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Digitalcourage works for a liveable world in the digital age.
Since 1987, Digitalcourage (previously named FoeBuD) advocates for fundamental rights, privacy and protecting personal data. We are a group of people from a variety of backgrounds who explore technology and politics with a critical mindset, and who want to shape both with a focus on human dignity.
We do not want our democracy to be “datafied” and sold out. We work against a society that turns people into targets for marketing, regards them as dispensable in times of a shrinking state, and places them under suspicion as potential terrorists. We stand for a living democracy.
Digitalcourage informs through publicity, speeches, events and congenial interventions. Every year we bestow the German Big Brother Awards (“Oscars for data leeches”). We contribute our expertise to the political process – sometimes without being invited.
More details in English on our background and history can be found on Wikipedia.
Click the triangles or the headlines to expand any item.
An important theme underlying much of what we do is to create an atmosphere that is conducive for political engagement – whether it is in our own environment or as support to like-minded activists from elsewhere.
We run online services for the community, including an instance of the collaborative text editor Etherpad, a censor-free DNS nameserver and a Tor exit node to support the well-known network for anonymous surfing. Our online shop (partial English content) exists not only to sell merchandise but also to distribute materials for free events or friend organisations.
Digitalcourage is a member of European Digital Rights, a Brussels-based NGO that facilitates communication with European policy makers and brings us together with NGOs from Europe and beyond.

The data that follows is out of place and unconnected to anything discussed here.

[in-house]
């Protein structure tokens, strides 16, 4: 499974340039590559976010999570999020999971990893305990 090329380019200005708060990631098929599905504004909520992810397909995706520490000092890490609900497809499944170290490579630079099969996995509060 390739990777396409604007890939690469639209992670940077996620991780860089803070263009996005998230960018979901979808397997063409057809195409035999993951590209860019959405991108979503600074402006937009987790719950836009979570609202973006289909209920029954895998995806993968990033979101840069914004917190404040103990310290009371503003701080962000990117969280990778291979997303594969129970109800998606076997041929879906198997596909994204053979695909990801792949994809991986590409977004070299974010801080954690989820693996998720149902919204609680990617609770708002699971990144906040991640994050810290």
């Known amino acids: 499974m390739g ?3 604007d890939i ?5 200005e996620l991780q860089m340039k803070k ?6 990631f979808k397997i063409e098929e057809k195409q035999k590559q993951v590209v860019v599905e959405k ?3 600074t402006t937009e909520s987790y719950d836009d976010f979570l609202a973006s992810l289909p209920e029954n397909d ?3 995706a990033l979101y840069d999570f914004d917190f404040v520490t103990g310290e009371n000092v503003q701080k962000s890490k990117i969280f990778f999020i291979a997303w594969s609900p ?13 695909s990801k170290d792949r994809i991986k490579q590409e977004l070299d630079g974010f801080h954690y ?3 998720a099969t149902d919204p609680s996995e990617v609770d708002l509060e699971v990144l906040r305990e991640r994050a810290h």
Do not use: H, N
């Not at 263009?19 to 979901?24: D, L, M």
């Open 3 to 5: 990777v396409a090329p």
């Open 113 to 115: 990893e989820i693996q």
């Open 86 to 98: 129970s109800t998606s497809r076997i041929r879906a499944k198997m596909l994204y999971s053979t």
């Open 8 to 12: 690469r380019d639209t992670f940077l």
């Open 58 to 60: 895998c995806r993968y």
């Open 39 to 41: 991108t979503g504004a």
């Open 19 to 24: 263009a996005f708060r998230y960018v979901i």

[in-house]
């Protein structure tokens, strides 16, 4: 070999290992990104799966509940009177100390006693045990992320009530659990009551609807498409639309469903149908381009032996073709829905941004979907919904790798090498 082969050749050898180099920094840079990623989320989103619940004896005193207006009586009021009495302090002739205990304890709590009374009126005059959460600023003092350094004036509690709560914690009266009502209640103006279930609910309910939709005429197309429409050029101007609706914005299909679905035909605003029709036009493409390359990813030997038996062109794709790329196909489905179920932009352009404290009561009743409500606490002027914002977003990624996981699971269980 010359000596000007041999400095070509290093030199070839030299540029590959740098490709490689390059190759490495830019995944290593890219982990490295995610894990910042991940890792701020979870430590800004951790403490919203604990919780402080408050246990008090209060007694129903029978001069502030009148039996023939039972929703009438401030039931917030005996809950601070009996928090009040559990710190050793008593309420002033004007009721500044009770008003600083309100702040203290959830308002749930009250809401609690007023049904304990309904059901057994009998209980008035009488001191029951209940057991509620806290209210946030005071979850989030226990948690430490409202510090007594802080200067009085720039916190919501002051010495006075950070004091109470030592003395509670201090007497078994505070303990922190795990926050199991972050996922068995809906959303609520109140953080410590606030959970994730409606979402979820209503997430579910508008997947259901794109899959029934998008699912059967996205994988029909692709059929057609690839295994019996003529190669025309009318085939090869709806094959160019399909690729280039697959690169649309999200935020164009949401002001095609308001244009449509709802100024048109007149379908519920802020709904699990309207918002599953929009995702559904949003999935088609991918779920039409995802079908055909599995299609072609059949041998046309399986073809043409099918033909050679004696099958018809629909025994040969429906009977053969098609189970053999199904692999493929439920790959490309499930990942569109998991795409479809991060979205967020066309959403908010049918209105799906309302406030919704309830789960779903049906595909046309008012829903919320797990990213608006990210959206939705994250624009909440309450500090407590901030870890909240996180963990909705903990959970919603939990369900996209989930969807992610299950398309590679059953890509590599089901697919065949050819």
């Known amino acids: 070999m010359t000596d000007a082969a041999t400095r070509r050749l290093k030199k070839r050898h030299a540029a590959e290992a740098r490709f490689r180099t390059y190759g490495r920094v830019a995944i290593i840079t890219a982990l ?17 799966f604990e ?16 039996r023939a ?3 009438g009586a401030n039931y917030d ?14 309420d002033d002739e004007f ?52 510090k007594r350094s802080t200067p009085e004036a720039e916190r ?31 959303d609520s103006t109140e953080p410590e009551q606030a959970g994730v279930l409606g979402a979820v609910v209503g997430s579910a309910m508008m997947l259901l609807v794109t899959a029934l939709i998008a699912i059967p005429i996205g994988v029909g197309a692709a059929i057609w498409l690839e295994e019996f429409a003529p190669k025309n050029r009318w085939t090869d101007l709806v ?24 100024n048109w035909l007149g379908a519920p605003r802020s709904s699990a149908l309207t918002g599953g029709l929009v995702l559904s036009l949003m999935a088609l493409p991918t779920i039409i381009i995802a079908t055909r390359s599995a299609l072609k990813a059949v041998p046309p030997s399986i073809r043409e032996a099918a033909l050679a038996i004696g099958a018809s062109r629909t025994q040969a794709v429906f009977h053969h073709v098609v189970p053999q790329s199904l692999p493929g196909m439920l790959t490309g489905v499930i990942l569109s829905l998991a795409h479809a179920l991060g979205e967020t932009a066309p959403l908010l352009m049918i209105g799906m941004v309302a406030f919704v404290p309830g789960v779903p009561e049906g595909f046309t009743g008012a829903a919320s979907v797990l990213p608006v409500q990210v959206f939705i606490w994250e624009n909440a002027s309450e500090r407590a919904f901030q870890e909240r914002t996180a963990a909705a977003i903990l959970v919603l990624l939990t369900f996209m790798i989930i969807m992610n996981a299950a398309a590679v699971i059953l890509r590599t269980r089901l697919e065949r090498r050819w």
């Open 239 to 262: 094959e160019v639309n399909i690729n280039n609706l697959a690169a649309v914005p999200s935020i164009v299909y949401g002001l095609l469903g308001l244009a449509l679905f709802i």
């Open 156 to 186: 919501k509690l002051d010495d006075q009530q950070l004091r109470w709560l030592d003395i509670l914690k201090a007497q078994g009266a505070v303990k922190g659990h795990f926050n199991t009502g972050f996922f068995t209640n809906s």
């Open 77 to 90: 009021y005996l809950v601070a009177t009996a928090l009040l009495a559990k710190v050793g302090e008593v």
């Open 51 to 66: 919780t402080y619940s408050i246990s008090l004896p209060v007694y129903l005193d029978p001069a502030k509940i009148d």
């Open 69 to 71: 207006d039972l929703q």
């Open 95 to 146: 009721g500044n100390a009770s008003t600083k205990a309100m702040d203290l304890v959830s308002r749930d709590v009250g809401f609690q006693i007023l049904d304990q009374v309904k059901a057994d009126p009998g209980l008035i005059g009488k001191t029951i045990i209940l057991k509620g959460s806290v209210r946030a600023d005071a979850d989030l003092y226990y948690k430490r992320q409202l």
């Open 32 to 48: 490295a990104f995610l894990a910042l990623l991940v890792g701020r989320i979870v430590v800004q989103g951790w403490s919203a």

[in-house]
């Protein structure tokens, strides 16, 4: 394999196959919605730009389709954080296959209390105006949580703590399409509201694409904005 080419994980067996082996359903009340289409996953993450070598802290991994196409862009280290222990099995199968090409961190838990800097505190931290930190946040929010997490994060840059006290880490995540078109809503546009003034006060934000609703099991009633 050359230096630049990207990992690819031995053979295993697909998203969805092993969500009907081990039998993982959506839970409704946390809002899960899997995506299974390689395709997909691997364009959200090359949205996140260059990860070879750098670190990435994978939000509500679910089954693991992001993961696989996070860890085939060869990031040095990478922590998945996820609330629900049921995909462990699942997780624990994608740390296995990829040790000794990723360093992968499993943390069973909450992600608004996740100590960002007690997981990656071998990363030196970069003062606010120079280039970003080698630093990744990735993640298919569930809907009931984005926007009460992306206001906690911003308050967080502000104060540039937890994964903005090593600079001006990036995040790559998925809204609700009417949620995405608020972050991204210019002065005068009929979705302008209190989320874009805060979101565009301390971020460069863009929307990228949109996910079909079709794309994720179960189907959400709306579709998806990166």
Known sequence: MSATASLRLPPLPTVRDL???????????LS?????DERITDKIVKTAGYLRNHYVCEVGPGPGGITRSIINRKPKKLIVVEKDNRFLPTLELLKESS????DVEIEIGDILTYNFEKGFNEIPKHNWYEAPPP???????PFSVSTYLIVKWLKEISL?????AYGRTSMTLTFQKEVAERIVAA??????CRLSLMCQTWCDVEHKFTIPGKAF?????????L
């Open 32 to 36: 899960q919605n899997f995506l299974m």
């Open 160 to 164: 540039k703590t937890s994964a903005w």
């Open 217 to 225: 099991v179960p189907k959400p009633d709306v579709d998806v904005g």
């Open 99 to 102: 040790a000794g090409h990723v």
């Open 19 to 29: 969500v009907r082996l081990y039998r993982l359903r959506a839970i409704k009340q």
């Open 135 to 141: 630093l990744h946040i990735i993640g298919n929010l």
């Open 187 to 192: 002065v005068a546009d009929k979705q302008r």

We organise an annual gathering of German activists (AKtiVCongrEZ) and contribute substantially to the organisation of the annual European barcamp Freedom not Fear (held in Brussels every autumn since 2012).
We believe that political activism can be fun and rewarding, which is why our interventions tend to be playful despite the gravity of our concerns.
We raise our voice for civil society, doing work that we regard as an antidote to lobbying on behalf of industries and their special interests. The activities involved are much the same: we talk to politicians, we visit the EU Parliament and Commission in Brussels, we write letters or provide template letters to the public, and we support people that are in the political arena to work for the common good.
We have a regular and long-standing presence at the annual Chaos Communication Congress, and we also like to reach out beyond our bubble and participate in events like the annual “alternative police congress”, party conventions or church gatherings. We make our knowledge available in keynotes, speeches, and lectures,
Through our website, an email newsletter (1–2 issues per month) and contacts with print and broadcast media, we work to keep the public informed and raise a voice for our issues in the political debate. (Our regularly published content is in German.)
We provide information, recommendations and practical advice for digital self-defence to make people’s digital lives more private and free. Some of these resources are specifically made for younger people.